My client’s sense of frustration was palpable. We had been doing some strategic work, and were convinced that the market was there to enable them to grow by at least a factor of three over the next few years. The market was waking up to the value of their products, and they had an unmatched reputation and network of relationships in the industry.
That was the outside view. But the inside view was completely different. Inside the company, it was like wading through treacle. Everything was stretched close to breaking point. Everything took too long. Nerves, and tempers, were becoming frayed. Sometimes the organization looked like a collection of functional groups, each in their own bunker, throwing rocks at each other.
They were trying various things to improve the situation, but nothing seemed to help.
“You’re driving with your foot flat on the floor,” I told them. “But you are still in first gear.”
The point of the metaphor is this. Imagine you are driving, and you want to go faster. You can achieve this, up to a point, by pushing down on the accelerator. But that only gets you so much extra speed. After that, you need to change gear.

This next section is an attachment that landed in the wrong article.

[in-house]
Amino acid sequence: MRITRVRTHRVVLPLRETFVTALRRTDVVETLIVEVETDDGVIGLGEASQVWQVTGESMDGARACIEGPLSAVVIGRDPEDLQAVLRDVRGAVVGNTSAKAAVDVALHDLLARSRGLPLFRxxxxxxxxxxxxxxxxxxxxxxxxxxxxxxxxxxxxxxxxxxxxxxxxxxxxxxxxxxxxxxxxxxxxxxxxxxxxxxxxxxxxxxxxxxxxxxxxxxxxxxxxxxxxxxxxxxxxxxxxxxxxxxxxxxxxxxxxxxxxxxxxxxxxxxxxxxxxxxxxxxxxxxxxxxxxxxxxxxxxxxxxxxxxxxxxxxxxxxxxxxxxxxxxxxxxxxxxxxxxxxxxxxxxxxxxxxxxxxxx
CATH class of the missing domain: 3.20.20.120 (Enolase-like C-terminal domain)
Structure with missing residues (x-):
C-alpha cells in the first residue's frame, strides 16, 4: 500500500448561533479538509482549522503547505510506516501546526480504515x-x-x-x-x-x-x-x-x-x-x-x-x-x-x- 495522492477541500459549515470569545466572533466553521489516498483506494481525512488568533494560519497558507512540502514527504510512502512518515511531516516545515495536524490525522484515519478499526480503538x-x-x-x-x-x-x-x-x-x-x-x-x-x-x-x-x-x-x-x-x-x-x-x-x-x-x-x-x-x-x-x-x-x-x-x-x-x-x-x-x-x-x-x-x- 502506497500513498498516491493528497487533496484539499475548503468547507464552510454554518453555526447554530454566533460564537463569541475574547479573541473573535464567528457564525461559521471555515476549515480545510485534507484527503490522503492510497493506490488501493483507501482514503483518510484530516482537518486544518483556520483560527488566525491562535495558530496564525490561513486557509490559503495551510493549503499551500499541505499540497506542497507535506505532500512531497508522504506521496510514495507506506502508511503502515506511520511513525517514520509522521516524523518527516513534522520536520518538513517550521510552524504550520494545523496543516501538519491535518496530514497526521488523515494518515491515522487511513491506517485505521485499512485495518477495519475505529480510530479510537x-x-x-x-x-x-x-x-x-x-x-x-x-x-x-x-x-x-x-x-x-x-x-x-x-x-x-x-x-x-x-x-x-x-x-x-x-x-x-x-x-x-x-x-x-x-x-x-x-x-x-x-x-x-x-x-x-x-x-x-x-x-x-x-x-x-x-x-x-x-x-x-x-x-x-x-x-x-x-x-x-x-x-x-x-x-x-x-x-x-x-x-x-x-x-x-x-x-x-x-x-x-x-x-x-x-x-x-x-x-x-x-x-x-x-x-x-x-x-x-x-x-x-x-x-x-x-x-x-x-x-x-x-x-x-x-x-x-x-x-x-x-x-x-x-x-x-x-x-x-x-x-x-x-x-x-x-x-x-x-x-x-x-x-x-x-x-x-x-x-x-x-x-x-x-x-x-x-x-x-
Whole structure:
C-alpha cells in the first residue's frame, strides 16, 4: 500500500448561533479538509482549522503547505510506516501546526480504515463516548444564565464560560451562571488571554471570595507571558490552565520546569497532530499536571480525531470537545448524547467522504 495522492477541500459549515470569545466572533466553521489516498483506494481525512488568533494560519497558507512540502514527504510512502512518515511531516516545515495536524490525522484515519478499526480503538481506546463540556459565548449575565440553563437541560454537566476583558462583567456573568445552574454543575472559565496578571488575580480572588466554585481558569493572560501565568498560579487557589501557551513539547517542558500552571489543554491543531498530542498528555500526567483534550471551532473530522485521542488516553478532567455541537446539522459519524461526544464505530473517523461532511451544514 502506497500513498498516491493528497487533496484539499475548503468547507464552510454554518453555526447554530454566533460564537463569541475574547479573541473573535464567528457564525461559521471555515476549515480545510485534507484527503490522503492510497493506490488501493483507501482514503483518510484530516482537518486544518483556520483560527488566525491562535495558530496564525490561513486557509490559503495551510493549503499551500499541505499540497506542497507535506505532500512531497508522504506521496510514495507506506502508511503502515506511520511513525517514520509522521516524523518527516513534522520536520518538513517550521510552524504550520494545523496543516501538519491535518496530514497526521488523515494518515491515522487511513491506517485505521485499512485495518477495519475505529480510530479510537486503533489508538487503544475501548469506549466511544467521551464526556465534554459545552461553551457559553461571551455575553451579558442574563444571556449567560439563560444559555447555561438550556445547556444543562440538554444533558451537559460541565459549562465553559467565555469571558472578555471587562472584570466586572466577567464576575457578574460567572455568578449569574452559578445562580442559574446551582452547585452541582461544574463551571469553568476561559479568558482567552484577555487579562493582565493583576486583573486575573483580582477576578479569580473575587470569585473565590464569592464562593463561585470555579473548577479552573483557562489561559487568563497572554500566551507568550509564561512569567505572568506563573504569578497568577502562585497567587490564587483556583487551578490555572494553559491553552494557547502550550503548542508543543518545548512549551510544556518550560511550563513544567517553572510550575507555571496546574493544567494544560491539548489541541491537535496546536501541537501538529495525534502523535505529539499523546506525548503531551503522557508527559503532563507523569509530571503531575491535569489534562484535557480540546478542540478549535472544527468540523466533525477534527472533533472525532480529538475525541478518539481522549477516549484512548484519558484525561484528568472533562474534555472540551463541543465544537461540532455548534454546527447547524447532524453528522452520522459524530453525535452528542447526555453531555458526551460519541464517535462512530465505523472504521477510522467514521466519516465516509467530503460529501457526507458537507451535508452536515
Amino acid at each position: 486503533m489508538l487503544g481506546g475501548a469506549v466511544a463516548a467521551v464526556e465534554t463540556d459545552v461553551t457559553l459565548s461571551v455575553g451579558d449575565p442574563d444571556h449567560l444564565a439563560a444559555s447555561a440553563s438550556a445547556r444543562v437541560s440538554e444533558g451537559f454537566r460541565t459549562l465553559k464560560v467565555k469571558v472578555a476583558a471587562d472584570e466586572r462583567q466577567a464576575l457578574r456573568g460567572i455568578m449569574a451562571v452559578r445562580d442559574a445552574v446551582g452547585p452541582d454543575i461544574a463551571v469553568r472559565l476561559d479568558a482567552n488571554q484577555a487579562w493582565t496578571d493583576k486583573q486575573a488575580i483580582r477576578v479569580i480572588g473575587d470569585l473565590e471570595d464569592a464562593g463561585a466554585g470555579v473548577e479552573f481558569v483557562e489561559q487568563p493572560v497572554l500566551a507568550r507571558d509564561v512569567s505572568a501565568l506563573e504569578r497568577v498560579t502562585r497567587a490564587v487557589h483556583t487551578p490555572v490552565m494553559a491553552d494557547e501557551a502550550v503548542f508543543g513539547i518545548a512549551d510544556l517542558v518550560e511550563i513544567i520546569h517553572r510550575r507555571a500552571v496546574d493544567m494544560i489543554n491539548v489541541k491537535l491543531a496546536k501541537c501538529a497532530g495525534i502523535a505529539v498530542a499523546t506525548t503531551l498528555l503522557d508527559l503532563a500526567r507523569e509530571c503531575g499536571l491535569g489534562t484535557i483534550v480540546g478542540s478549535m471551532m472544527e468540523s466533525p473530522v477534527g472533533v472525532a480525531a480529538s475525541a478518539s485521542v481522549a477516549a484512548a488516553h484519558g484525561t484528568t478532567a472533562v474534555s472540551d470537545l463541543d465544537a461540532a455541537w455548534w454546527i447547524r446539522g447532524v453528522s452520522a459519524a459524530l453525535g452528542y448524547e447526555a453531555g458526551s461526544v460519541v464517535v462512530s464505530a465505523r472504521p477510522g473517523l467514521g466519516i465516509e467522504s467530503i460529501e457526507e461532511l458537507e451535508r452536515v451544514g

Let’s explore this with an example. You need your people to be more productive. You might introduce an improved incentive scheme, or work to increase “employee engagement.” These are “press down on the accelerator” strategies. They may produce some improvement, but in most organizations the pedal is fairly close to the floor already. Any boost you do achieve by this means is likely to be temporary. It won’t be long until performance slips back to where it was before.
On the other hand, what would a change of gear look like? You could carefully analyze what people are actually doing, and how much time they spend fixing problems that could have been avoided in the first place (I guarantee you, this will be shocking). Then organize so that these problems don’t occur in the first place. Or you could identify the customers or products that soak up lots of time for very little money, and decide whether you actually want them anymore. You won’t, in some cases, because they will be clearly unprofitable and more trouble than they are worth.
Does this seem familiar? If life in your organisation feels like driving with your foot on the floor, I have a short online test to tell you if you need, and could benefit from, a change of gear. Take the test here.